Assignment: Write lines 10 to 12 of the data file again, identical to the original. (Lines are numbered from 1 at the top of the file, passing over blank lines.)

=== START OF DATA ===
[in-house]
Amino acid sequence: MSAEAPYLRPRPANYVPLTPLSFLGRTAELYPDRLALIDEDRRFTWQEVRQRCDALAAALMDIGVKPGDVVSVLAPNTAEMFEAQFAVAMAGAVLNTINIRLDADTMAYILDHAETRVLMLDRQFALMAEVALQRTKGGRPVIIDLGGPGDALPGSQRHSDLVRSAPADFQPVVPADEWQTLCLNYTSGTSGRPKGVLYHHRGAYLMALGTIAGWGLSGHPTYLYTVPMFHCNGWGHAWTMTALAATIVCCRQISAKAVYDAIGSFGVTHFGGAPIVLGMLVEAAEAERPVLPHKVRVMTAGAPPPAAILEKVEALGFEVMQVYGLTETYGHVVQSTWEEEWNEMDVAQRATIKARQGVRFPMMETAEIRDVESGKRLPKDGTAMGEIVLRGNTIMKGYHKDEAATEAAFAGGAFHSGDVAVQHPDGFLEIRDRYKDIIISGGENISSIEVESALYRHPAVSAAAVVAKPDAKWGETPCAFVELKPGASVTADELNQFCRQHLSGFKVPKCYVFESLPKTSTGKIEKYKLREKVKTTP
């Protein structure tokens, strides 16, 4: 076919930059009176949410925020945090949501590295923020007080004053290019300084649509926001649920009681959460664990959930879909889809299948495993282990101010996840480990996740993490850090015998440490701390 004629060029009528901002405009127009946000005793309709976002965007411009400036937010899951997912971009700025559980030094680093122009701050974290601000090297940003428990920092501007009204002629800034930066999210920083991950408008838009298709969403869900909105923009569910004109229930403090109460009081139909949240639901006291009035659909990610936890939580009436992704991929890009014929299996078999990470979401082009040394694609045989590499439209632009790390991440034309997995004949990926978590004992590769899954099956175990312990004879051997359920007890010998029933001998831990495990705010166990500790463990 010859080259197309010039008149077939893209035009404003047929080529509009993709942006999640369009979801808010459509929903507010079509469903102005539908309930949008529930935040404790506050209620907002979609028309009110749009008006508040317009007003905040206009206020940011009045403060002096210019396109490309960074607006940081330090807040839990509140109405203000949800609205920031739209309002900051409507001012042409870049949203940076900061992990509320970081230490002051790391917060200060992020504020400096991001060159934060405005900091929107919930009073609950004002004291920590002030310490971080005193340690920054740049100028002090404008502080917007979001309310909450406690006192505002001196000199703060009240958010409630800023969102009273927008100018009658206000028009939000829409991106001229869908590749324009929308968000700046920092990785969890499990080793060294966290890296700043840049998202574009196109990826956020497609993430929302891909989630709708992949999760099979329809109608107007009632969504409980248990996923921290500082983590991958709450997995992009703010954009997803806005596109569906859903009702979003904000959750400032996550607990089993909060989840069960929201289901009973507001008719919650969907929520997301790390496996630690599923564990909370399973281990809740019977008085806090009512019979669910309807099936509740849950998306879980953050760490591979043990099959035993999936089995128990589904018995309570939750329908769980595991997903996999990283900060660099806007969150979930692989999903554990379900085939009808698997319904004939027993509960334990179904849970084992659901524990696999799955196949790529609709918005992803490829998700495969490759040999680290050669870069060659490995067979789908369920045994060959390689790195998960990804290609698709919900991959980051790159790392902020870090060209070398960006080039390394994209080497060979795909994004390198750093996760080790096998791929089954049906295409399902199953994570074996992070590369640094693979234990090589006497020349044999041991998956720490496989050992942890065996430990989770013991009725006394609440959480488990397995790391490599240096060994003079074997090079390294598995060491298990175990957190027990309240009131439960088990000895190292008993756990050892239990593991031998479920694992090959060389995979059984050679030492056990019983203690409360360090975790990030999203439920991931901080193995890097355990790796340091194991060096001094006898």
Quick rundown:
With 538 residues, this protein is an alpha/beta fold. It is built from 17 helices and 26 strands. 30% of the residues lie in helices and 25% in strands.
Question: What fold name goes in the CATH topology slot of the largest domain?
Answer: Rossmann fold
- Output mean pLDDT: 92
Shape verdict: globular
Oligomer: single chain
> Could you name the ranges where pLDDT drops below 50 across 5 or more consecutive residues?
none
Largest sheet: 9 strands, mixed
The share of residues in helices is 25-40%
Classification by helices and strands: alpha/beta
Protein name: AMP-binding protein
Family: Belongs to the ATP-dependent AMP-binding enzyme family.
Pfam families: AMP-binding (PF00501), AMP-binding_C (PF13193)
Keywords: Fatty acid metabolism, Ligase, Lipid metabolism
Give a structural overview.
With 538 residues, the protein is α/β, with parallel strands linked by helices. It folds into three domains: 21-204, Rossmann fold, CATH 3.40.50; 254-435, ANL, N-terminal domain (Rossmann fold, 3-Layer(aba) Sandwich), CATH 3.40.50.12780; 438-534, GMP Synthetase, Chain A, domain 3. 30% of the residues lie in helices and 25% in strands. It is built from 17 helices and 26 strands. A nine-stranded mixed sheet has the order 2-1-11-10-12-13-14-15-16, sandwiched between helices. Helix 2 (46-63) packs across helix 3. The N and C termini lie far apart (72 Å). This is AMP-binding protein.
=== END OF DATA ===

Oligomer: single chain
> Could you name the ranges where pLDDT drops below 50 across 5 or more consecutive residues?
none